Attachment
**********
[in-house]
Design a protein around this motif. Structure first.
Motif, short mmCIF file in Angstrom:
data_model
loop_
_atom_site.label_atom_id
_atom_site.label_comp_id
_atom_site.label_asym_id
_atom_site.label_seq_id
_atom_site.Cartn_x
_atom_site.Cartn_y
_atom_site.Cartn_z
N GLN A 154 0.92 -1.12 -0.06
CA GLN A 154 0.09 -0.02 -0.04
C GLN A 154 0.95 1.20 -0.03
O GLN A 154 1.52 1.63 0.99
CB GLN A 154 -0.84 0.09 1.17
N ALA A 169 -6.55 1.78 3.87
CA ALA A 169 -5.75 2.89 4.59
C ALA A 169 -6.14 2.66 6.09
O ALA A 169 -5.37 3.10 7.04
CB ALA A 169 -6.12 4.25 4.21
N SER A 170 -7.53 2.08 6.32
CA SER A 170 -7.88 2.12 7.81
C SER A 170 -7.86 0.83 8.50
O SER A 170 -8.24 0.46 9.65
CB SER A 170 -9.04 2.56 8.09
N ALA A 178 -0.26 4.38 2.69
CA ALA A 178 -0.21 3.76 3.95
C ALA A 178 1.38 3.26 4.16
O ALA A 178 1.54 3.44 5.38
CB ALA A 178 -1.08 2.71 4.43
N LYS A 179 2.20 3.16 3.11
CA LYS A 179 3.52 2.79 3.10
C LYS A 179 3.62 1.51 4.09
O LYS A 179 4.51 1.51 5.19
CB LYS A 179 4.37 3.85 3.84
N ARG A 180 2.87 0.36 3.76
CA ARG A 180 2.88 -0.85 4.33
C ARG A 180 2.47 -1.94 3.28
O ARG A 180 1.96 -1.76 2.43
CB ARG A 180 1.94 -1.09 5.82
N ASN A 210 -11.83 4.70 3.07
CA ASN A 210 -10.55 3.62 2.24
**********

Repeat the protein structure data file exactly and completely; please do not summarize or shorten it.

[in-house]
Design a protein around this motif. Structure first.
Motif, short mmCIF file in Angstrom:
data_model
loop_
_atom_site.label_atom_id
_atom_site.label_comp_id
_atom_site.label_asym_id
_atom_site.label_seq_id
_atom_site.Cartn_x
_atom_site.Cartn_y
_atom_site.Cartn_z
N GLN A 154 0.92 -1.12 -0.06
CA GLN A 154 0.09 -0.02 -0.04
C GLN A 154 0.95 1.20 -0.03
O GLN A 154 1.52 1.63 0.99
CB GLN A 154 -0.84 0.09 1.17
N ALA A 169 -6.55 1.78 3.87
CA ALA A 169 -5.75 2.89 4.59
C ALA A 169 -6.14 2.66 6.09
O ALA A 169 -5.37 3.10 7.04
CB ALA A 169 -6.12 4.25 4.21
N SER A 170 -7.53 2.08 6.32
CA SER A 170 -7.88 2.12 7.81
C SER A 170 -7.86 0.83 8.50
O SER A 170 -8.24 0.46 9.65
CB SER A 170 -9.04 2.56 8.09
N ALA A 178 -0.26 4.38 2.69
CA ALA A 178 -0.21 3.76 3.95
C ALA A 178 1.38 3.26 4.16
O ALA A 178 1.54 3.44 5.38
CB ALA A 178 -1.08 2.71 4.43
N LYS A 179 2.20 3.16 3.11
CA LYS A 179 3.52 2.79 3.10
C LYS A 179 3.62 1.51 4.09
O LYS A 179 4.51 1.51 5.19
CB LYS A 179 4.37 3.85 3.84
N ARG A 180 2.87 0.36 3.76
CA ARG A 180 2.88 -0.85 4.33
C ARG A 180 2.47 -1.94 3.28
O ARG A 180 1.96 -1.76 2.43
CB ARG A 180 1.94 -1.09 5.82
N ASN A 210 -11.83 4.70 3.07
CA ASN A 210 -10.55 3.62 2.24